After a year, she moved to Arizona to join another team and enroll in a local high school. She lived out of a suitcase, bouncing between teammates’ houses and became desperately homesick. She slept most of the days to pass the time. "It was a rough ride," Leroux remembers. "I felt so out of place. I wanted to come home. I didn’t want to do it. I would be crying every day to my mom, saying I didn’t want to do this anymore and that maybe I didn’t want to play soccer." At her mother’s urging, she stuck it out.
As a freshman at UCLA, Leroux managed to establish her American citizenship through her semi-estranged father. Her one-time switch from the Canadian to the American national team programs was approved by FIFA in 2008 and she was immediately called up to the Under-20s. That very year, they won the Under-20 World Cup. Leroux won the Golden Ball and Golden Shoe, as the tournament’s top player and scorer.
For its unquestionable success, the choice to represent the USA over Canada is a loaded one for Leroux. She has chosen, after all, to represent her father’s half of her identity. But she has a difficult relationship with her father. Her parents split up when her mother was three months pregnant. He wasn’t around much during her childhood. She missed having a father. When he occasionally dropped in, they talked about little else than sports. Or they would play catch.
It’s an unhappy memory for Leroux. "It wasn’t fun playing with him," she says. "We would play catch and he was like, ‘If you don’t hit me in the chest we’re going inside.’ And I wouldn’t hit him in the chest and we’d go inside." She spreads out her arms and recoils in disbelief at the memory. "I was 8."
Ray is a college baseball coach at Thompson Rivers University in Kamloops, Canada now. He and Sydney — whose middle name, it is worth noting here, is Rae — haven’t spoken in more than a year. "Things took place that never needed to and I was over that," she explains, vaguely. "Me and my dad don’t have a relationship whatsoever but I do have to thank him for giving me this. I’ll forever be thankful for being half American."
She is also half African-American, through him. The chance to explore that aspect of her identity didn’t come up until she majored in history in college. She began learning about slavery and became fascinated. "I really didn’t know about any of that kind of stuff because I grew up in a completely white household," she says. "I didn’t really grow up around a lot of people that looked like me."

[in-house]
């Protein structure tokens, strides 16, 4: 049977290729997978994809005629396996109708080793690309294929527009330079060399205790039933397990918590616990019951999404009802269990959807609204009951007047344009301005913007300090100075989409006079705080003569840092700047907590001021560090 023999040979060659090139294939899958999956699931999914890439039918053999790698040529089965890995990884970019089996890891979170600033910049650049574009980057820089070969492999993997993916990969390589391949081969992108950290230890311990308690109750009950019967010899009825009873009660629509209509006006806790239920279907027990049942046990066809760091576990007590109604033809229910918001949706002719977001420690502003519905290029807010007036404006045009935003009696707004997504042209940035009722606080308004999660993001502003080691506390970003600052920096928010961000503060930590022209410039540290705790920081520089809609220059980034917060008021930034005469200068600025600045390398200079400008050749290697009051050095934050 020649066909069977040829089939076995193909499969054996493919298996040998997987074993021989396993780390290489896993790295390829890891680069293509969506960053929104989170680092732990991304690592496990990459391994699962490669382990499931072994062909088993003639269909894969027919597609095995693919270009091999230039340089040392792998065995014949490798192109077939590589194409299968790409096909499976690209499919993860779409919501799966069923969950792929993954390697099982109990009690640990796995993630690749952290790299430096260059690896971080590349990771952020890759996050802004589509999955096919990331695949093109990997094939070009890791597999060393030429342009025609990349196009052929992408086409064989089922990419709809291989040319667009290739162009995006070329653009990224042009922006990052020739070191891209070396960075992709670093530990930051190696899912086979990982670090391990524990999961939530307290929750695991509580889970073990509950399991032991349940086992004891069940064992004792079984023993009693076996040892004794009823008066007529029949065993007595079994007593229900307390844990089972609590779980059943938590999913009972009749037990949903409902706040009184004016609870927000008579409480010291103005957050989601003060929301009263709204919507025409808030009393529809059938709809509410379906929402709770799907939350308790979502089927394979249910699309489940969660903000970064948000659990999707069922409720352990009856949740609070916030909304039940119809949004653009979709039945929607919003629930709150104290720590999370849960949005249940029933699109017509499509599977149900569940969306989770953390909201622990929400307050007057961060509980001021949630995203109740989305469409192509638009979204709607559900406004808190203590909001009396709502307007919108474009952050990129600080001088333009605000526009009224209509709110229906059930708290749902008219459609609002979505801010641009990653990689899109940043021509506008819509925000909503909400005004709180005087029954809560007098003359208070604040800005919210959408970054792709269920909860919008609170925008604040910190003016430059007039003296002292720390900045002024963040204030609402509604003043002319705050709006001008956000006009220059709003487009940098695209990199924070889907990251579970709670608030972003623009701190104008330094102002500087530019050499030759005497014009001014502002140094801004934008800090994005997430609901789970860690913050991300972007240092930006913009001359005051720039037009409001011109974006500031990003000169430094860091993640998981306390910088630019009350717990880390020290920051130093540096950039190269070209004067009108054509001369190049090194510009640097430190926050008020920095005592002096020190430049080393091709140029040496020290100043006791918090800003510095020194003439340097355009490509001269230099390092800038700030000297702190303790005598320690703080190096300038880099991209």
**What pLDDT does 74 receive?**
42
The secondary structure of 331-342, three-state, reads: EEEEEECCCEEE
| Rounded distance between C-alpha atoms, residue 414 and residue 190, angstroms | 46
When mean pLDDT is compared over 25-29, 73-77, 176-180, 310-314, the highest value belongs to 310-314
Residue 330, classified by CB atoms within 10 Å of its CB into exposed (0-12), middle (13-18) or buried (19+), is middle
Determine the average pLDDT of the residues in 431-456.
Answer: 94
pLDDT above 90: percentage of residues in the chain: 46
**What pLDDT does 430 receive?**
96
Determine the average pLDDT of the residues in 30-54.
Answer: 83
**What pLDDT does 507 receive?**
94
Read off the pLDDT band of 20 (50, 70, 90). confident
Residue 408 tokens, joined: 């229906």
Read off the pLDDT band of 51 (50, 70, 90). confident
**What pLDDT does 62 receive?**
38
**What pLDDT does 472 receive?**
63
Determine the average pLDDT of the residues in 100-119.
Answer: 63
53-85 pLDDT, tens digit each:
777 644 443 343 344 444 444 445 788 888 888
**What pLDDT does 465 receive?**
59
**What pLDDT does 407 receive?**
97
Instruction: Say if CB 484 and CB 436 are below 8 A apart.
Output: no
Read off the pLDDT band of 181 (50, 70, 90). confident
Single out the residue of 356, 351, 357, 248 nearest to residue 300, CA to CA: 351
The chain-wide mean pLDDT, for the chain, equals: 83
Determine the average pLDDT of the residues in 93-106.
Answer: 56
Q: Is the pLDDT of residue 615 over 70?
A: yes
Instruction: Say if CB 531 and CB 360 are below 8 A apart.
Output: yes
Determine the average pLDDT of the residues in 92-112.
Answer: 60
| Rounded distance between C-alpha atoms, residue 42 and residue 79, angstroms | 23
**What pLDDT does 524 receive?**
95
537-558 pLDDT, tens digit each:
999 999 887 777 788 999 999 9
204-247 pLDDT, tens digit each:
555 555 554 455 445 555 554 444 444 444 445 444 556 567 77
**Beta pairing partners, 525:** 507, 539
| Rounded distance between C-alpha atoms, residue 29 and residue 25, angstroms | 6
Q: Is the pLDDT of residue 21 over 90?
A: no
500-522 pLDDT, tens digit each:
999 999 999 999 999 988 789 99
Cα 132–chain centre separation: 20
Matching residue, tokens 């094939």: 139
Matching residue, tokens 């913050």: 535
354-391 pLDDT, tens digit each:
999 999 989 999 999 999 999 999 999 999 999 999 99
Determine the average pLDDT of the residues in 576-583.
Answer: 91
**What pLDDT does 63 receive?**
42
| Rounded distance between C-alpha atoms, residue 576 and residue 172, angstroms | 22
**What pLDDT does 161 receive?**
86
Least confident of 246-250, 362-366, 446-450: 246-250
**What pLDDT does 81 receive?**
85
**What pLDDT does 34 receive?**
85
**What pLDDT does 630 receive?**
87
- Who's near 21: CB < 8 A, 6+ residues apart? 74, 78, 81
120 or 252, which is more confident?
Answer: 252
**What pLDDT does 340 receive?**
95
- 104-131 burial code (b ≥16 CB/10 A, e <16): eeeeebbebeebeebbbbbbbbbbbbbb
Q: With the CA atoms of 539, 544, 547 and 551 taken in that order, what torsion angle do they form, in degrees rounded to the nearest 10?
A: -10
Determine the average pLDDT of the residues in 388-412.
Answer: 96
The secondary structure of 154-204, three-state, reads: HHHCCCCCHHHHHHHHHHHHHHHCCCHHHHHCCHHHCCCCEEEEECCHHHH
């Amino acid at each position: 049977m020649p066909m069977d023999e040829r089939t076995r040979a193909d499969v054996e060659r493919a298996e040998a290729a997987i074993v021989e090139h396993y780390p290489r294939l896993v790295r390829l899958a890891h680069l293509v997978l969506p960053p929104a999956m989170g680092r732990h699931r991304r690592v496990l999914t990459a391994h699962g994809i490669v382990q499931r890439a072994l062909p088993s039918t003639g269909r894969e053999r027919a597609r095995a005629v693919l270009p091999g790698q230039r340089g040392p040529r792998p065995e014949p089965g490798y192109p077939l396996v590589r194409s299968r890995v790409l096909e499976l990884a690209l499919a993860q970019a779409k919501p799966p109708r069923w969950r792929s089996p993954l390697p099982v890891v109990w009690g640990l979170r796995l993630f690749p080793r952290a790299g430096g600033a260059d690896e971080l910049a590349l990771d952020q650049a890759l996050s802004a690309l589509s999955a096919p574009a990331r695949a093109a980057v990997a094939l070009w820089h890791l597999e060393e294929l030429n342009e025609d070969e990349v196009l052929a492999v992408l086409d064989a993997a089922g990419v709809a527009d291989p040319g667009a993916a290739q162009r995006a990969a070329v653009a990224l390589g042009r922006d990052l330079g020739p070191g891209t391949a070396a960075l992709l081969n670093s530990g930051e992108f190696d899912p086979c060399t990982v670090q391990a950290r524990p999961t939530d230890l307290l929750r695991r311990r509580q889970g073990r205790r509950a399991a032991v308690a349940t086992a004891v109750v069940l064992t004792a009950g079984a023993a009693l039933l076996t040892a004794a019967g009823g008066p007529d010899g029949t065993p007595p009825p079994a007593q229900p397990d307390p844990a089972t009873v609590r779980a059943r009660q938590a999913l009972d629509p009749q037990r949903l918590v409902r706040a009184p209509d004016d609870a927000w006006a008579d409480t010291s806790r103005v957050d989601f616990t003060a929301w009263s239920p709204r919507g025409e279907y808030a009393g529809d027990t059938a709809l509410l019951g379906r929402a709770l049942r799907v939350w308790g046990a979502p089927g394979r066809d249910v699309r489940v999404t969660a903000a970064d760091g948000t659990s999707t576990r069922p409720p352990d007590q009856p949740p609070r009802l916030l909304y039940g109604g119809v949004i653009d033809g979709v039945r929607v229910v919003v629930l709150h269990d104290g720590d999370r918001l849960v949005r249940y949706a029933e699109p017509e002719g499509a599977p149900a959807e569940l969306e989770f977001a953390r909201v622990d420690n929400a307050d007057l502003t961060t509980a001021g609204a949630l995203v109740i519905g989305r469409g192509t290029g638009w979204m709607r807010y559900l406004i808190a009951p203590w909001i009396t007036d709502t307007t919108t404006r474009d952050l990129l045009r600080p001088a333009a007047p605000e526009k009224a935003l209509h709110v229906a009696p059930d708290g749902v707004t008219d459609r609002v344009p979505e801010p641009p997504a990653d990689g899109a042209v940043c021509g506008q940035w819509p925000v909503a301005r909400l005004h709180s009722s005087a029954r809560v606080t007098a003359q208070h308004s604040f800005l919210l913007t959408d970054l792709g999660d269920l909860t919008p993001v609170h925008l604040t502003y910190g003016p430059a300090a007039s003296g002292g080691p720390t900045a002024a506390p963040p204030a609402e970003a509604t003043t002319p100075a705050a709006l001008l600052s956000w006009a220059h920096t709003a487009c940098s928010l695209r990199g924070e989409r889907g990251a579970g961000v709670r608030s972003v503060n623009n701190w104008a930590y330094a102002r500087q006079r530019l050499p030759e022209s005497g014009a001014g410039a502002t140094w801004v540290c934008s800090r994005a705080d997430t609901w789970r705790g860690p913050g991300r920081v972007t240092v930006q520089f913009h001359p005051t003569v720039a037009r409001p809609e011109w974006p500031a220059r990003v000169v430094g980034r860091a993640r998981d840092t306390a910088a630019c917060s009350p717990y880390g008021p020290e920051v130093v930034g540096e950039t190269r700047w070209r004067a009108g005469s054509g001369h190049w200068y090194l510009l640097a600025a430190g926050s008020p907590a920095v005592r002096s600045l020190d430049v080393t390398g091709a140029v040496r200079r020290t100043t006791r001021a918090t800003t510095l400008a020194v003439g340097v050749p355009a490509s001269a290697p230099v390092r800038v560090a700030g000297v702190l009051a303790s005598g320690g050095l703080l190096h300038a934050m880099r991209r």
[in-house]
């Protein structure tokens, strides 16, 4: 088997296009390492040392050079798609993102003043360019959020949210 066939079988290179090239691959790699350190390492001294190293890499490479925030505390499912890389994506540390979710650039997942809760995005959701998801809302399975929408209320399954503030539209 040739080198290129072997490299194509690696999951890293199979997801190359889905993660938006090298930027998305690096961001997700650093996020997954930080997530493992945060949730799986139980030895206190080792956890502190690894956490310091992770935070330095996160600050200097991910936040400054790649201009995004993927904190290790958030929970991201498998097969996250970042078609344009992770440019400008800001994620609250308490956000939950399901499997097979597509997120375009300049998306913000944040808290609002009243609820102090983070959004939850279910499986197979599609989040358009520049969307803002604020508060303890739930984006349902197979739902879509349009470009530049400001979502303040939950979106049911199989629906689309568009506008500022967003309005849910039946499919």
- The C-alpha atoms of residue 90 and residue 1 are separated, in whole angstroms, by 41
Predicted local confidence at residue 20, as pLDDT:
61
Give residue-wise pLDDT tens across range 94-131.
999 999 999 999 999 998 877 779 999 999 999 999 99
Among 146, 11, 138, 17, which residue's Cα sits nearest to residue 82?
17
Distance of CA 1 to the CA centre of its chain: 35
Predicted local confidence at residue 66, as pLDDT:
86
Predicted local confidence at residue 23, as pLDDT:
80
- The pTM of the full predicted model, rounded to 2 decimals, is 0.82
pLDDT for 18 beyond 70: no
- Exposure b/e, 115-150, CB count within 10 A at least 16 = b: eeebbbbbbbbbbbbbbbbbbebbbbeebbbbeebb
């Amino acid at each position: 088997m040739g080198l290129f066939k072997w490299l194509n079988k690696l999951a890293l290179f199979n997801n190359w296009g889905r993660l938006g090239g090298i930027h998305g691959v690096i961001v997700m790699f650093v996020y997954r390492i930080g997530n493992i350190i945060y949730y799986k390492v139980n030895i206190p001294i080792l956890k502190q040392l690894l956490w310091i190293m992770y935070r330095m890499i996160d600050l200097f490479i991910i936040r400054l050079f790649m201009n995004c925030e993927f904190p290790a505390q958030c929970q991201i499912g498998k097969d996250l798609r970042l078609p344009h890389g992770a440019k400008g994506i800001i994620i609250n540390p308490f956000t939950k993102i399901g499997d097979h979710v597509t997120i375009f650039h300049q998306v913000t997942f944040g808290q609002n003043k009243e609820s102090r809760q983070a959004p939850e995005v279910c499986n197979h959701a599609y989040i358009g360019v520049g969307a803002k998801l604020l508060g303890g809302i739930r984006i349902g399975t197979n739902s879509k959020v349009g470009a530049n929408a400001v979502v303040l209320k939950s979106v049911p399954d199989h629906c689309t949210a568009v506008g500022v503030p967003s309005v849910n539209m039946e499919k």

As a freshman, she traveled to North Carolina to meet her father’s family for the first time. She experienced something of a culture shock, finding it hard to fit in with them. She was a vegetarian and everyone was cooking meats. "They were like, ‘Who is this girl?’" Leroux remembers with a chuckle.
Next year, she returns to Canada for the Women’s World Cup. The final will be played in her hometown. She is seen as a traitor in her motherland. Canada’s rapidly-improved program could have made good use of her alongside star forward Christine Sinclair. When Leroux played her first game with the USA in Canada last year, she scored the third goal in a 3-0 win. She’d been jeered by the crowd all game long. So upon scoring, she ran to the stands, demonstratively tugged on the US Soccer crest on her jersey and held a finger over her mouth with the other hand, as if to shush her hecklers.
She later claimed she had received racist and sexist abuse over Twitter. "I would do it again," she says now. "Things were happening. They were saying stuff to me all game. Anyone would have done the same thing as I did and maybe much worse. I have no regrets."
Nor, for that matter, does she feel any remorse for defecting south of the border. "I’ve never looked back, she says. "Not once. I literally couldn’t be happier to be where I am." She insists her choice was made for no other reason than to service her outsized ambitions. Before the 2012 Olympics, at which she helped the Americans win a third straight gold medal, she had LOVE tattooed over the knuckles of her right hand. Now, when she puts her hand over her heart and the American badge during the national anthem, it is covered with love. Call it patriotism; call it a provocation.
Leroux hopes the abuse won’t be as bad during the World Cup, that the fans got it all out of their systems during that game in Toronto last June. It could just as well escalate though. "I think she knows she’s going to have a hard time in certain ways," says Wambach.
Her team thinks Leroux is well equipped to handle such hostility. "I think it’s going to be tough on her," says striker Alex Morgan, one of her closest friends on the team. "But she’s shown through certain circumstances that she can rise above that negative energy."
"I think Syd is the type of player where that stuff actually helps her," adds Ellis, who also coached Leroux for her first three years at UCLA. "She’s always been a player who has had to fight for something, whether it’s a position, whether it’s playing time. The more it seems like [things are against her], the better she delivers. If people are going to boo her, it only incentivizes her."
Leroux chose her allegiance a long time ago and the Canadian fans have picked theirs. Her first World Cup will probably also be her most difficult, the upshot of the choices she has made. Perhaps she’ll find comfort in an inspirational quote. Or in her discourse with Bryant. Because being great also means pursuing your ambition without regard for perception — or happiness, or compromise.